Family Laundry Safety Tips

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My kids have always loved helping me with chores around the house. Even when my kids were toddlers who made MORE work for me when they “helped”, they would carry their little shirts and socks to the laundry hamper, they’d help toss them into the washer, and they’d help “fold” their clothing, which mostly just looked like wadding it into balls, but how can you resist, right? 🙂

My kids have been helping me since they were both quite young, which means that safety around cleaning products has always been a part of the conversation. They are old enough to know better nowadays, but when they were small we’d have talks about how they aren’t to help with laundry supplies, especially detergent, and that they should never, ever put things in their mouth.

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Over the last little while, we’ve switched to use more and more laundry pacs, like Tide PODS, in our daily laundry routine because they are so simple, cost-effective, and great for our HE washer. However, if you’re using laundry pacs and you have small children at home, you definitely need to be aware of the safety precautions that need to be taken. Kids under three, who touch and taste everything they get their hands on,  are especially at risk if pacs are left out or not properly stored.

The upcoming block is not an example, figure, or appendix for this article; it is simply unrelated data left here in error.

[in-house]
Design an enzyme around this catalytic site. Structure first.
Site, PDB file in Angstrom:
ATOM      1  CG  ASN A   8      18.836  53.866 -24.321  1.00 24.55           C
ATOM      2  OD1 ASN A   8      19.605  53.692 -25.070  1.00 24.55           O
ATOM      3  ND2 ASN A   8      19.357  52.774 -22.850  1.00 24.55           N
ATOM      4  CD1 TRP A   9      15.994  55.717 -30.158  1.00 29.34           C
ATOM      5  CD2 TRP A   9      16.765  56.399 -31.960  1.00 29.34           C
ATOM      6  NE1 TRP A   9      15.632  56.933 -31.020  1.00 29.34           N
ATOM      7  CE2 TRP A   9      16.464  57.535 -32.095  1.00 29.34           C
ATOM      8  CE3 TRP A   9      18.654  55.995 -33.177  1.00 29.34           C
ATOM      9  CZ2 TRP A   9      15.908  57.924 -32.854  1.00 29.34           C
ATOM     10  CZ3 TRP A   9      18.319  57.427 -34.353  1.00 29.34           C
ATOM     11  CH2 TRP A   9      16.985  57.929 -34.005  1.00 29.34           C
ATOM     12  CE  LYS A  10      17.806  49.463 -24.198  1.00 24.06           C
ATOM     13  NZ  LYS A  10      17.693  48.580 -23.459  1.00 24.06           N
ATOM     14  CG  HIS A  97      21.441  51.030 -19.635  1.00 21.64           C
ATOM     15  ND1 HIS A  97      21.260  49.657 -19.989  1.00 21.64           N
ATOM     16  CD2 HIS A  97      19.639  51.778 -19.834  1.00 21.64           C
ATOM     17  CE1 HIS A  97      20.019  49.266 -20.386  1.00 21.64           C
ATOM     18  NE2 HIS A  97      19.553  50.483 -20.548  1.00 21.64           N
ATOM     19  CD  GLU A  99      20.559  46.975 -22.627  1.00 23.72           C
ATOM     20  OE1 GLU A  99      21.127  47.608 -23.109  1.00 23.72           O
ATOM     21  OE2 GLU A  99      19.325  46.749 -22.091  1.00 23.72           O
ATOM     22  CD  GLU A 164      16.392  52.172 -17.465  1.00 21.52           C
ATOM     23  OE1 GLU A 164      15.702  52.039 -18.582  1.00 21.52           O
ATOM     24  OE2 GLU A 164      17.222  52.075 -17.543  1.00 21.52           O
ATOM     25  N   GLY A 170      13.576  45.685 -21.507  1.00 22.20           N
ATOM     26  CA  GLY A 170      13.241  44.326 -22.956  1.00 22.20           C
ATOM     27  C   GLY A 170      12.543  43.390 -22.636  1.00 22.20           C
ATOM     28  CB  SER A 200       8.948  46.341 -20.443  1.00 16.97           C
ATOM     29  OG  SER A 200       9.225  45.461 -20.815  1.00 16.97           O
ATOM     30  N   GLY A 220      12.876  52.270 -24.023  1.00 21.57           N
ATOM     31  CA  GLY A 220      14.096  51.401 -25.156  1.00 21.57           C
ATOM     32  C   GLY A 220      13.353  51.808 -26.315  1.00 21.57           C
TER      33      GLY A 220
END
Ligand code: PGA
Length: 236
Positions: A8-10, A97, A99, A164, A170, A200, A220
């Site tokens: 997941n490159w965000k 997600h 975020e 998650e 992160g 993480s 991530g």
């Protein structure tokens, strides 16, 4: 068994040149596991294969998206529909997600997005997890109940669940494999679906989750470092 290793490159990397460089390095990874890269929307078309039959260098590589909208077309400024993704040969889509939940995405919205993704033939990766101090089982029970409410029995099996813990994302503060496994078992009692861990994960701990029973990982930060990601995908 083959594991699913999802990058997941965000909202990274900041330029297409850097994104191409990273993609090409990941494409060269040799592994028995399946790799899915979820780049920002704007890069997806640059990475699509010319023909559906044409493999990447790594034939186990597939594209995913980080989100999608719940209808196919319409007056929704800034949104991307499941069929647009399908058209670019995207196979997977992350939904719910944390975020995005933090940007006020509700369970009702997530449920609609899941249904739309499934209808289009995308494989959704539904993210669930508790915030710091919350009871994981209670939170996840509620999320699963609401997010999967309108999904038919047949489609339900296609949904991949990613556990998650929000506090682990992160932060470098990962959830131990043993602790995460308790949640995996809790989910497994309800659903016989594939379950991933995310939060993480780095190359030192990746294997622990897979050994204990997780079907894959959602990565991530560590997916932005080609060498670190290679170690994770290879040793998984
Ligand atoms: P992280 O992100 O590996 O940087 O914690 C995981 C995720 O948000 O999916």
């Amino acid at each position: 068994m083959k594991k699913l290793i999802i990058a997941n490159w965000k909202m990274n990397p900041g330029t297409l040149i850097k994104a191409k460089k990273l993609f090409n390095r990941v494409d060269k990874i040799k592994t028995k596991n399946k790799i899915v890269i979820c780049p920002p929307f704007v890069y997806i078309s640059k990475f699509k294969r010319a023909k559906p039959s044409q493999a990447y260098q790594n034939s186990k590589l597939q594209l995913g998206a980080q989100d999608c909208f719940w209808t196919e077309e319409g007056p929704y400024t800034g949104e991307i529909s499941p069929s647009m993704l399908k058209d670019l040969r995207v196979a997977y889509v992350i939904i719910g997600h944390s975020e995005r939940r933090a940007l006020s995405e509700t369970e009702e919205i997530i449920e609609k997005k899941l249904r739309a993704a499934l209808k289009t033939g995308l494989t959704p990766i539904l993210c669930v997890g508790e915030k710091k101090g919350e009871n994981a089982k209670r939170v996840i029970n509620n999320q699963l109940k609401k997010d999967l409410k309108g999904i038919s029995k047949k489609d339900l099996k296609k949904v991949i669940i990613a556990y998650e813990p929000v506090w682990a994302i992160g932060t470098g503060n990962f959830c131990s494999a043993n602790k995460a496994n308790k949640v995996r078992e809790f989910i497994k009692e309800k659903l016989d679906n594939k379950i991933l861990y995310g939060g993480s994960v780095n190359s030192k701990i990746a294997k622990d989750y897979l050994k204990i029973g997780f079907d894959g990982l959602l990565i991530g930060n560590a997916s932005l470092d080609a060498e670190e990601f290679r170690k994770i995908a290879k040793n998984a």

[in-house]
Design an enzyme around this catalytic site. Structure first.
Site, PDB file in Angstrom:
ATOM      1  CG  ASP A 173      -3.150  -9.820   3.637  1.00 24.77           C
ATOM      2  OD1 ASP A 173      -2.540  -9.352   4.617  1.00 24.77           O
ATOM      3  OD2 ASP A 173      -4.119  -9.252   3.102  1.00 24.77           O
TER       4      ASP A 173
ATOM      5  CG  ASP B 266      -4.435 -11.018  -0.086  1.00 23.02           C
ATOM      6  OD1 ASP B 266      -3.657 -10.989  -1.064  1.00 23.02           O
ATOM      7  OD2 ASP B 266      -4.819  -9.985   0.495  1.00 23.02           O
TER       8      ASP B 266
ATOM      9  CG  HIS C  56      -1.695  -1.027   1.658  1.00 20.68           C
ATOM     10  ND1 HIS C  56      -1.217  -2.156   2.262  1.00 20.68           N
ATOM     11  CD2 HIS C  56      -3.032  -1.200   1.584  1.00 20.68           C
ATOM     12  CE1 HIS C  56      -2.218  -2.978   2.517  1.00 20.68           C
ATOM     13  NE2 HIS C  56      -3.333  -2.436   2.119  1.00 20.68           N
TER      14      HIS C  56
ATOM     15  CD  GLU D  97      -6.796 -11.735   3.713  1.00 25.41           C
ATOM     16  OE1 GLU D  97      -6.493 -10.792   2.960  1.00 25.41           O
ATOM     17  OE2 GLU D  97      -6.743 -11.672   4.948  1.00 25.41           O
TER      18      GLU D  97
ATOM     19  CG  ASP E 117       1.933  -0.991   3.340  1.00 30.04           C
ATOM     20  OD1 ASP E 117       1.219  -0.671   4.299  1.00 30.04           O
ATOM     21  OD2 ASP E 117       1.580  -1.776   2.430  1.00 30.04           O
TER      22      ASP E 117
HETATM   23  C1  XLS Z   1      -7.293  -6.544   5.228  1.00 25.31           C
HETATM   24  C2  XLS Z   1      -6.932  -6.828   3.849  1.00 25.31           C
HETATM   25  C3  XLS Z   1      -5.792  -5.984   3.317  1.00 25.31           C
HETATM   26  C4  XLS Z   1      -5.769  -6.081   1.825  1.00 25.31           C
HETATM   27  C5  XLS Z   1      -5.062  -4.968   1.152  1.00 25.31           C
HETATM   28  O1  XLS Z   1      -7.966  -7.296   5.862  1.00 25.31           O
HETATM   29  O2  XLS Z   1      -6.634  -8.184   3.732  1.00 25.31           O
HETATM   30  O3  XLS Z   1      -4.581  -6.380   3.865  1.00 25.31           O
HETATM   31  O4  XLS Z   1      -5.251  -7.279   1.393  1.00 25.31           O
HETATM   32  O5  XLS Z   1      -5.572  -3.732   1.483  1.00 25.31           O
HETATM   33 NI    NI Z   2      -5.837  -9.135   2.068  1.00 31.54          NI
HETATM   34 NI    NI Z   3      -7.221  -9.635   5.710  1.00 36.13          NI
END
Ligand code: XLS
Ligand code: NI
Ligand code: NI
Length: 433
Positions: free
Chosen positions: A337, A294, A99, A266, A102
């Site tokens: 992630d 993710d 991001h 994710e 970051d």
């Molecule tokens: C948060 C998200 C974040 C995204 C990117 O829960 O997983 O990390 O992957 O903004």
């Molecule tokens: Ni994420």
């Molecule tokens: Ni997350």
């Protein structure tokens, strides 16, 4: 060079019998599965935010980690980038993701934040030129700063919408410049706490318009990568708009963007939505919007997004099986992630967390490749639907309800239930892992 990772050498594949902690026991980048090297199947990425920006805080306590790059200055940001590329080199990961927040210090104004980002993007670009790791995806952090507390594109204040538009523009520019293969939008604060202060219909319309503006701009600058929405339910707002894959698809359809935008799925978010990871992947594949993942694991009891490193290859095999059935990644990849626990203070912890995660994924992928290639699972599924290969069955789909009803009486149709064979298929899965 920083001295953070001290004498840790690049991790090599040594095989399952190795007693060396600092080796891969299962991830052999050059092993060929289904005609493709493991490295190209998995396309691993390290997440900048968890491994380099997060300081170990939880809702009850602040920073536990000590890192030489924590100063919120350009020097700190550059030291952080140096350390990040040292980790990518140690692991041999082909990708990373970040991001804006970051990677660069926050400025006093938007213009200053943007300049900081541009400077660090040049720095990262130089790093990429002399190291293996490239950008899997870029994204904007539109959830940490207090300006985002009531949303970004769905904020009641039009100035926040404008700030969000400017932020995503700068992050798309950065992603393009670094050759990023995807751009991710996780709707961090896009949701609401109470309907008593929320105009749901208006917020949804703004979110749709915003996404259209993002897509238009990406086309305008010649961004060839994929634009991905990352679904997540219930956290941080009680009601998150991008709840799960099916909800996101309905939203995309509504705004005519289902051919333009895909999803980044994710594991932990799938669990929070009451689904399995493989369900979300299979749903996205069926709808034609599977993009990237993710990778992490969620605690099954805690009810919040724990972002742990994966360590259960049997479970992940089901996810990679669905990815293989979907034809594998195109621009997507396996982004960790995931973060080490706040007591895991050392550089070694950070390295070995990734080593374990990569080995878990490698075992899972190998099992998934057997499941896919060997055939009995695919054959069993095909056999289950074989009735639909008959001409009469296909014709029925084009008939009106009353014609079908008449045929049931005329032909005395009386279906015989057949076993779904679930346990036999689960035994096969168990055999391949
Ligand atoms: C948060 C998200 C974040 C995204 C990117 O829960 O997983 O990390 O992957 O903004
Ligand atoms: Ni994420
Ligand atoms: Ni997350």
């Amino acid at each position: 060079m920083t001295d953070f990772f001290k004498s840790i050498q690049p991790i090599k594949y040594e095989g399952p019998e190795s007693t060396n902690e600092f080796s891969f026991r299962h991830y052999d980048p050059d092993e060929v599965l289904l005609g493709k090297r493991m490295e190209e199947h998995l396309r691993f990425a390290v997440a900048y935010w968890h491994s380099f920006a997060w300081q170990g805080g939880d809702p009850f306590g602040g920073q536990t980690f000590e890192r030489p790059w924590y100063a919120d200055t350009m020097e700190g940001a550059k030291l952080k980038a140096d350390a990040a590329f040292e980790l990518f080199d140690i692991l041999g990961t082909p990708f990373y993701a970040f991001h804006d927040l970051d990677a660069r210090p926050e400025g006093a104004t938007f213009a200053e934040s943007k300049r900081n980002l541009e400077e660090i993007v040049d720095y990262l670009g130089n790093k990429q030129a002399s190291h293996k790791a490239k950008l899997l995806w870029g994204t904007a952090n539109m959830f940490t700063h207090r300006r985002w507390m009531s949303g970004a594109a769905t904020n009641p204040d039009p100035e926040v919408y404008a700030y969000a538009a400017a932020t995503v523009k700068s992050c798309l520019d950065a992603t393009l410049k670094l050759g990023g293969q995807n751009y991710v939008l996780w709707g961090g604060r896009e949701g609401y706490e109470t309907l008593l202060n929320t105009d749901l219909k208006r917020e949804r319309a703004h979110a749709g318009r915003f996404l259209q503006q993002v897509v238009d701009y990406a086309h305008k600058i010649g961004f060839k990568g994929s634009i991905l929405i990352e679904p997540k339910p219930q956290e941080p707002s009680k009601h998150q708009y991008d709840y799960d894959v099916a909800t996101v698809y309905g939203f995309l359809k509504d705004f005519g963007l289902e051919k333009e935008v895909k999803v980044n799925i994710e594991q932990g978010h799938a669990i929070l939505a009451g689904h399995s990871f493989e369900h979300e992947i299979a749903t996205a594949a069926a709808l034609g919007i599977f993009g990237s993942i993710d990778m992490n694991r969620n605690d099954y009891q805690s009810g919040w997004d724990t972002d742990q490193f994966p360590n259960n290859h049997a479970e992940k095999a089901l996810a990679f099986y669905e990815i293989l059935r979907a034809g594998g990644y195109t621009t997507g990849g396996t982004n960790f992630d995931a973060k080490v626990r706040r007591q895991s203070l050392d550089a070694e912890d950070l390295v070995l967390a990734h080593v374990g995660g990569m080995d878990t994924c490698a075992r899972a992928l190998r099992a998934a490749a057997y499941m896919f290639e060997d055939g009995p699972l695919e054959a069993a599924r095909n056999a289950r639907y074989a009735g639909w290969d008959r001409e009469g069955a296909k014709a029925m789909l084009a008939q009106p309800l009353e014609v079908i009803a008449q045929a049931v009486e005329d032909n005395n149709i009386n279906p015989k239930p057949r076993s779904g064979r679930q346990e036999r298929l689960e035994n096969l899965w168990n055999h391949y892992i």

Right now, P&G, along with, have teamed up to share the “Up, Up and Away” program, promoting the idea that we should seal pacs up, store pacs up, and keep pacs away from our kids.


We often think about how we can childproof rooms likes the bathroom and kitchen, but many of us overlook the fact that there are dangers in the laundry room as well. We started using laundry pacs because of how convenient they are and I love how efficiently they clean our clothing, but they absolutely must be stored out of the reach of our children. Tide and Gain containers  have secure closures – and are also designed so that the pacs are not visible to children through the packaging. They are even adding a bitter taste to the outer layer of the Tide, Gain, and Ariel laundry pacs so that if children access them, the bitter taste might compel them to spit it out.

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Those most at risk of harm from ingesting the pacs are children between the ages of one and three. Be sure to always follow directions on the label, and if your child ever does get the contents of the pac in their mouth, eye or on their skin, please contact Poison Help at 1-800-222-1222 immediately.

Even though my children are older now, we still keep our Tide PODS up in a cupboard and out of sight. If you ever look after younger children or have relatives with children, it’s a good idea to keep your laundry pacs safely stored at all times.

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For additional information on laundry safety, please visit the AAP’s or